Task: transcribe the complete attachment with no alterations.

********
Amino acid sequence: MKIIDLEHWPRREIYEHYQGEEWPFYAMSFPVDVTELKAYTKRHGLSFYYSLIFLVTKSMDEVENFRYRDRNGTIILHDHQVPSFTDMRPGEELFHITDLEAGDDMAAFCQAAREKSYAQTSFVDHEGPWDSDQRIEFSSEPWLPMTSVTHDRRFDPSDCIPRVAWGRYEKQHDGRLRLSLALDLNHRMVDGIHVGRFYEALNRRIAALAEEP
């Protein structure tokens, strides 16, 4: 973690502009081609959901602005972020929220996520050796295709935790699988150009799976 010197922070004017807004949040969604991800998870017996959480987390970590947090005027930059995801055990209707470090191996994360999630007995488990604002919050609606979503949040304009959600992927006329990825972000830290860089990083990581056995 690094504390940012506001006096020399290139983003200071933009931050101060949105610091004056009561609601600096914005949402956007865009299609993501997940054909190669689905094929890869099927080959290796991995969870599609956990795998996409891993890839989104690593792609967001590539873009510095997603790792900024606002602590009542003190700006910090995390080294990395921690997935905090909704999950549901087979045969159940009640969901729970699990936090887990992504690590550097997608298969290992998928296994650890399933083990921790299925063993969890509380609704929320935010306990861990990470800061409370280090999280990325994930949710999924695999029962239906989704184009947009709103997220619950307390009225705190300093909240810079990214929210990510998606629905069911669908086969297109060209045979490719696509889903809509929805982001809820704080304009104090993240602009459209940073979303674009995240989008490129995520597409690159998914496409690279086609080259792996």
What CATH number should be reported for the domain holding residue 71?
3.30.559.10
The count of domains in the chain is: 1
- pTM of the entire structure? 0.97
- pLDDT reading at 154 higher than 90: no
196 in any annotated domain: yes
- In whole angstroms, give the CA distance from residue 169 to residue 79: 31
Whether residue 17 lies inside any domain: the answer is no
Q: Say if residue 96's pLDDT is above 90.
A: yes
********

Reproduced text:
Amino acid sequence: MKIIDLEHWPRREIYEHYQGEEWPFYAMSFPVDVTELKAYTKRHGLSFYYSLIFLVTKSMDEVENFRYRDRNGTIILHDHQVPSFTDMRPGEELFHITDLEAGDDMAAFCQAAREKSYAQTSFVDHEGPWDSDQRIEFSSEPWLPMTSVTHDRRFDPSDCIPRVAWGRYEKQHDGRLRLSLALDLNHRMVDGIHVGRFYEALNRRIAALAEEP
């Protein structure tokens, strides 16, 4: 973690502009081609959901602005972020929220996520050796295709935790699988150009799976 010197922070004017807004949040969604991800998870017996959480987390970590947090005027930059995801055990209707470090191996994360999630007995488990604002919050609606979503949040304009959600992927006329990825972000830290860089990083990581056995 690094504390940012506001006096020399290139983003200071933009931050101060949105610091004056009561609601600096914005949402956007865009299609993501997940054909190669689905094929890869099927080959290796991995969870599609956990795998996409891993890839989104690593792609967001590539873009510095997603790792900024606002602590009542003190700006910090995390080294990395921690997935905090909704999950549901087979045969159940009640969901729970699990936090887990992504690590550097997608298969290992998928296994650890399933083990921790299925063993969890509380609704929320935010306990861990990470800061409370280090999280990325994930949710999924695999029962239906989704184009947009709103997220619950307390009225705190300093909240810079990214929210990510998606629905069911669908086969297109060209045979490719696509889903809509929805982001809820704080304009104090993240602009459209940073979303674009995240989008490129995520597409690159998914496409690279086609080259792996």
What CATH number should be reported for the domain holding residue 71?
3.30.559.10
The count of domains in the chain is: 1
- pTM of the entire structure? 0.97
- pLDDT reading at 154 higher than 90: no
196 in any annotated domain: yes
- In whole angstroms, give the CA distance from residue 169 to residue 79: 31
Whether residue 17 lies inside any domain: the answer is no
Q: Say if residue 96's pLDDT is above 90.
A: yes